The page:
The first phase of an Athletics for a Better World project organised in cooperation with the Tegla Loroupe Peace Foundation took place in Ngong, Kenya over the weekend.
The project brings together Kids Athletics – a programme initiated by the IAAF in 2005 and the long-term work of former marathon world record-holder Tegla Loroupe, which culminated in the entry of the inaugural Refugee Team at the Rio 2016 Olympic Games.
Through the Kids Athletics in Refugee Camps project, the IAAF trained athlete refugees and coaches from the Tegla Loroupe Training Camp to become Kids Athletics Activators. The purpose was to create a team of athletics trainers who could then train people on the ground in the UNHRC refugee settlements and the host communities to become Kids Athletics coaches able to conduct regular Kids Athletics sessions for local children.
“My dream has been to help young people gain confidence and purpose through athletics,” said Peace Champion Tegla Loroupe. “I have learnt so much from my sport and I want to share this. When I was looking for financial support to start the training camps, the IAAF was generous and the Refugee Team that competed at the Rio 2016 Games owes its early steps to the funding and support from the IAAF. I am so excited about the next stage of this programme, developing the coaches for Kids Athletics from within the refugee camps. This is how we will build future citizens and inspire future athletes.”
Fifteen people from South Sudan, Democratic Republic of Congo, Ethiopia and Kenya participated in the kick-off three-day workshop, held at the Tegla Loroupe Training Camp for Athlete Refugees in Ngong, outside Nairobi, from 9-11 March, conducted by IAAF Lecturer Innocent Asiimwe and coordinated by Eunice Hasango, manager at the Tegla Loroupe Peace Foundation.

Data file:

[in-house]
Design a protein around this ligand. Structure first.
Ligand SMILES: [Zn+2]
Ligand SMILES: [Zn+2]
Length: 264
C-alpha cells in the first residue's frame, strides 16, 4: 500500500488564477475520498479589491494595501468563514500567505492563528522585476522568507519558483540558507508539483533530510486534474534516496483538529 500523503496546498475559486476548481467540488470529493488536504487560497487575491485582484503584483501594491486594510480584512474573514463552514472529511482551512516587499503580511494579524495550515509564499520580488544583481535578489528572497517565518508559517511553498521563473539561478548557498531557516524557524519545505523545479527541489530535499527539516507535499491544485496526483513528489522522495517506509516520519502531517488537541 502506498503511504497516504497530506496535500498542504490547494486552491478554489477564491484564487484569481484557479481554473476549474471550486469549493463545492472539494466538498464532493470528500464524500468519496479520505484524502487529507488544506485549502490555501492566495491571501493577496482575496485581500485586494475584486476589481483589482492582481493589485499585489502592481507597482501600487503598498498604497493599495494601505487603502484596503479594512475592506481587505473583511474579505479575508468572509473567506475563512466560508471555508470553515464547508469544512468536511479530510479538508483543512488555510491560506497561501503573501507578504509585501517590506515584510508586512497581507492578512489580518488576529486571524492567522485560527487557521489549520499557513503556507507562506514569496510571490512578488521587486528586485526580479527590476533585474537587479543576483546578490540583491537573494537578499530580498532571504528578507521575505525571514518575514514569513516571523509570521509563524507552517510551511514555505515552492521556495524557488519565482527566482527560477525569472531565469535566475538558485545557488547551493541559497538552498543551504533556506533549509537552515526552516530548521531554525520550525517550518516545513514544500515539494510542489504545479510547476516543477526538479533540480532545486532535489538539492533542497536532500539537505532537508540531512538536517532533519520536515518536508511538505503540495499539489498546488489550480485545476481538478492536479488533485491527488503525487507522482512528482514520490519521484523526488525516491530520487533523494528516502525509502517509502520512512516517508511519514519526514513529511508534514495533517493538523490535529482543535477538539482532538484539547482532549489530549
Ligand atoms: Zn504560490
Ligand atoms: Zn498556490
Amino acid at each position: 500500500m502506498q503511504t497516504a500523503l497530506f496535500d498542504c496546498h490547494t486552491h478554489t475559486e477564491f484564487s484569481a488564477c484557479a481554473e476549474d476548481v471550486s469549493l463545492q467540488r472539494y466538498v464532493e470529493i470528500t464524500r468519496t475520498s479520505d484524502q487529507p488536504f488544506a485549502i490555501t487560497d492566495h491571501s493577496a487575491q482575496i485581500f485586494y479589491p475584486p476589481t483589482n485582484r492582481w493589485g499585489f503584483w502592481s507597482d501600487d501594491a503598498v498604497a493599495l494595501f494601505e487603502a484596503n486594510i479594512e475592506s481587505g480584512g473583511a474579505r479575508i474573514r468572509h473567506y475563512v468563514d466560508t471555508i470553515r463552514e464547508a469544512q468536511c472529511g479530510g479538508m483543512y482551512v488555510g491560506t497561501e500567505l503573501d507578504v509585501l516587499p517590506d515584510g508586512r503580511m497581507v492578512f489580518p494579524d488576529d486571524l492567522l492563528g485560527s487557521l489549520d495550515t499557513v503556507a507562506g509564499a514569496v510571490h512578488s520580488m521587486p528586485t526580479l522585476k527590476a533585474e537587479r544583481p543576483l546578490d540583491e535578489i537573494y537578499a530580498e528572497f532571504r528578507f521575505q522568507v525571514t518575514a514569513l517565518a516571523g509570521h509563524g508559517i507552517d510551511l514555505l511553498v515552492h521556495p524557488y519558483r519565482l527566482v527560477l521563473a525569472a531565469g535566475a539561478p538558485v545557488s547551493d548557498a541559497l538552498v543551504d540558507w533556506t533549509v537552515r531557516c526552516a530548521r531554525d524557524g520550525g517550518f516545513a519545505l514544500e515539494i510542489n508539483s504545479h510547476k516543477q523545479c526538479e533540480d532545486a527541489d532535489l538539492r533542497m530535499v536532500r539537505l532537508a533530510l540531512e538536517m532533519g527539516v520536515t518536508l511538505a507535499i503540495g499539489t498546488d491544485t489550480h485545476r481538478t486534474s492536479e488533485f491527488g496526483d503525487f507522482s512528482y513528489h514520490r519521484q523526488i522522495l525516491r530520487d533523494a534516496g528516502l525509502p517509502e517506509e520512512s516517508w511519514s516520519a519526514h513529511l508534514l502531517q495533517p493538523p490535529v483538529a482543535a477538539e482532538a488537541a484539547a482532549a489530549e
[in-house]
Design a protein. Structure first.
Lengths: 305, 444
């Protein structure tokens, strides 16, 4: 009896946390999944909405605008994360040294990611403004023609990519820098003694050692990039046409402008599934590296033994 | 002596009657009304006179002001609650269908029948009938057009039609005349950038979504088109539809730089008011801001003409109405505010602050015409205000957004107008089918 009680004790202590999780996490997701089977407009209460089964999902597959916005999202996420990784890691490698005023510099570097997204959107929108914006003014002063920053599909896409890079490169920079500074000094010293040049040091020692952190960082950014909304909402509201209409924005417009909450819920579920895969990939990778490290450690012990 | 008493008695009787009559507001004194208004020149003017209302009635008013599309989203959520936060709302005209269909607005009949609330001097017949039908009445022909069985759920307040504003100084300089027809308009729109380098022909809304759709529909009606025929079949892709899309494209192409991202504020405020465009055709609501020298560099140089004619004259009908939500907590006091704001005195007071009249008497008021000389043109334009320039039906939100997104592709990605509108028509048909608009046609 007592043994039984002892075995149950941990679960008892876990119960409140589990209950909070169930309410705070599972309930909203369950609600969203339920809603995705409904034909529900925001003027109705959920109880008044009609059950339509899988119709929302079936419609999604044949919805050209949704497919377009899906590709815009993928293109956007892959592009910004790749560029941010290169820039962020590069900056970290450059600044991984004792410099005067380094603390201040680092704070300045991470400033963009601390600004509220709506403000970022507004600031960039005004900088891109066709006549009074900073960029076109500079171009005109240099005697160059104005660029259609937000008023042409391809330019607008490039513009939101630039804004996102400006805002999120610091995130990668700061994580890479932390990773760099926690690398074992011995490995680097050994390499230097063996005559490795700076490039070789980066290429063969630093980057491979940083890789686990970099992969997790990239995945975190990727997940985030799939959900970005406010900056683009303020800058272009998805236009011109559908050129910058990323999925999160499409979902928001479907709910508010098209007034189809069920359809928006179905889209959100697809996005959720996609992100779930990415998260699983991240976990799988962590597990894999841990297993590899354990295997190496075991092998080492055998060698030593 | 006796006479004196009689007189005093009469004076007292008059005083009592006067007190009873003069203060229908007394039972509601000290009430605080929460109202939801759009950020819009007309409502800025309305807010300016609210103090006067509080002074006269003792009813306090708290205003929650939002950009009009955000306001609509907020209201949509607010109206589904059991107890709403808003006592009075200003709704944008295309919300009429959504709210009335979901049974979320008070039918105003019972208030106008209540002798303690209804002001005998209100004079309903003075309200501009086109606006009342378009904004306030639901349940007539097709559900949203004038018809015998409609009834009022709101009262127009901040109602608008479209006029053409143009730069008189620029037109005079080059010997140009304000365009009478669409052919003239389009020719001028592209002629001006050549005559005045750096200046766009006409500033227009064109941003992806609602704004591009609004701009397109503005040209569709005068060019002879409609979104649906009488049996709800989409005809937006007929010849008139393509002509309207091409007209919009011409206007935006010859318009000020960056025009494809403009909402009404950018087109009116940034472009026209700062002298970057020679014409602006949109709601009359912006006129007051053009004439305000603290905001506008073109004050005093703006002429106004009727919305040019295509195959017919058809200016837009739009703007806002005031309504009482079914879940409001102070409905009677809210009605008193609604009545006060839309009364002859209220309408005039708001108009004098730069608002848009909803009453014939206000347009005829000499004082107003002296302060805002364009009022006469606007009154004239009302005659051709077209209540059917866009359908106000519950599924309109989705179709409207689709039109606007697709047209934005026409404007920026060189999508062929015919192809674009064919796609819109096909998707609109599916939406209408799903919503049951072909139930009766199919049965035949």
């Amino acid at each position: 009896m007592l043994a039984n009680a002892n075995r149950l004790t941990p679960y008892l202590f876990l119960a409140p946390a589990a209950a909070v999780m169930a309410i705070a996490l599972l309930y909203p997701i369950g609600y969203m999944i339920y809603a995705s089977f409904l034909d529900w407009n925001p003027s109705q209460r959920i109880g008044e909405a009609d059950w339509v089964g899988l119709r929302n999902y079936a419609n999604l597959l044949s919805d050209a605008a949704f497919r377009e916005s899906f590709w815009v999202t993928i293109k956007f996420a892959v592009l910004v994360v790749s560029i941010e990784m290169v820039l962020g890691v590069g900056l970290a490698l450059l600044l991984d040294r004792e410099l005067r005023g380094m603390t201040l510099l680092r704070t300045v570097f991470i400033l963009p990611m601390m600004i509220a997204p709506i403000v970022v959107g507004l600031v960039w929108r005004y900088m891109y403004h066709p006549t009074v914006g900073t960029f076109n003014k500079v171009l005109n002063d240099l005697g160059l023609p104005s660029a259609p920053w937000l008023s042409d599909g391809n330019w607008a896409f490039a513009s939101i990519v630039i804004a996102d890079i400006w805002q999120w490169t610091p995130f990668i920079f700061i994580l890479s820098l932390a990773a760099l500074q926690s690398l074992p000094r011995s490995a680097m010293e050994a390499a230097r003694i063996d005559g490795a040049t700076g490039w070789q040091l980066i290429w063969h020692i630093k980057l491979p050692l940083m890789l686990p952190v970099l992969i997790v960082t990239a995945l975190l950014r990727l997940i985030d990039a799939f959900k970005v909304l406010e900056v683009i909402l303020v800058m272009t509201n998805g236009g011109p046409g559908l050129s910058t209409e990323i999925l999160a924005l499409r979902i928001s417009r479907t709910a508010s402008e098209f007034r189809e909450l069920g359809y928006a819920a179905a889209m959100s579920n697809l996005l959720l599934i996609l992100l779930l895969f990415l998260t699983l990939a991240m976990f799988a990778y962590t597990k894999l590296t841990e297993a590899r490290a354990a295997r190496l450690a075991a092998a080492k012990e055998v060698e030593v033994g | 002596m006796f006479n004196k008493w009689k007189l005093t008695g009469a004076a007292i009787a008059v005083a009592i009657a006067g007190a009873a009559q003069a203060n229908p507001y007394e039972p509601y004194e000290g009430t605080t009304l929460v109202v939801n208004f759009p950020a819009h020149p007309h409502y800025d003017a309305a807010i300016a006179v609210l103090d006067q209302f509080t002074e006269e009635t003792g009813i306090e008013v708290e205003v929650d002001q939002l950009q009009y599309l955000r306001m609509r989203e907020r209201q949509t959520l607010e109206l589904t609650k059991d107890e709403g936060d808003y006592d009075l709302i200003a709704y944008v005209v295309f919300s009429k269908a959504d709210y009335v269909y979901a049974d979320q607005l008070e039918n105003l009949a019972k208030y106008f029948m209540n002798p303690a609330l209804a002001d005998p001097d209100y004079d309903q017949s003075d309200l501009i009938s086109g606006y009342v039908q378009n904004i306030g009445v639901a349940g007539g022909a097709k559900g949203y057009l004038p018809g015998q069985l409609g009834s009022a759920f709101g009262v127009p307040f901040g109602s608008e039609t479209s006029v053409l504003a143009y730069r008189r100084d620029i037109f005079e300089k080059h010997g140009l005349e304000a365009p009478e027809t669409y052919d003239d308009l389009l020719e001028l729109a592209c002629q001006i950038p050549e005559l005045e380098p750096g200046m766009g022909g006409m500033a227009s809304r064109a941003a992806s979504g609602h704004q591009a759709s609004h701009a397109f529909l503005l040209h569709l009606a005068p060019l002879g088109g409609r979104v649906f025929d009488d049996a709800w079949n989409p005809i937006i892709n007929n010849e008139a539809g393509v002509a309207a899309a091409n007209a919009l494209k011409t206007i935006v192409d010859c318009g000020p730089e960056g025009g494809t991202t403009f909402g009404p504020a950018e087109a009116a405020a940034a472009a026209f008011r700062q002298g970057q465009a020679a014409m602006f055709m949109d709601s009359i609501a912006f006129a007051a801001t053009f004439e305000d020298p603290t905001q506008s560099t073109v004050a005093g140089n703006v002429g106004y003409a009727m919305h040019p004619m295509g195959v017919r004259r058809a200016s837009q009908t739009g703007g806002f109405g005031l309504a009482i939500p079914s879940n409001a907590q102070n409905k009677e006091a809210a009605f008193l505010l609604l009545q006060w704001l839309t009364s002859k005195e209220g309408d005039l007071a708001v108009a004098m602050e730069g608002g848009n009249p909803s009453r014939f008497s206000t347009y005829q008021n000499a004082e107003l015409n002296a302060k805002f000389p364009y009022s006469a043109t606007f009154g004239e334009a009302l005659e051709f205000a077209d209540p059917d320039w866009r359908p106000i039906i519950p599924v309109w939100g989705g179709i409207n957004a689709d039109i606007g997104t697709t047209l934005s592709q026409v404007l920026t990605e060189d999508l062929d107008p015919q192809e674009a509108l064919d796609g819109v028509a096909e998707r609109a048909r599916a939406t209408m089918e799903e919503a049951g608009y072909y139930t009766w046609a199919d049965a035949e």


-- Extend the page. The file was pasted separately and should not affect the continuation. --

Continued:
“Athletics is a sport that can be enjoyed by anyone and everyone,” said IAAF President Sebastian Coe. “I have long admired the work Tegla and her team have done and continue to do and I am proud that it was funding from the IAAF in 2014 that started the journey to creating the Refugee Team, a team we look forward to welcoming at our events this year.
“Kids Athletics training is the first step in the pyramid of IAAF coaching courses and is a great way to empower the athlete refugees by giving them the basic training which will enable them to eventually continue along the path and pursue careers in coaching,” added Coe.
Among the trainees to be coached by the first participants will be the reformed warriors. These warriors used to engage in cattle rustling but gave up their weapons after taking part in Tegla Loroupe’s Peace Races, first staged in her native West Pokot region in 2003 and recently developed into a cross-border event held in neighbouring Uganda. The Kids Athletics training will allow the reformed warriors to gain skills and become an integrated and integral part of the community, passing on their learning and skills to others.
On 28 and 30 March, after the World Cross Country Championships being staged in Kampala, Uganda, the IAAF will be taking some members of the media on a visit to the Kids Athletics activities organised in the refugee settlements in Moroto and in Kapenguria, West Pokot.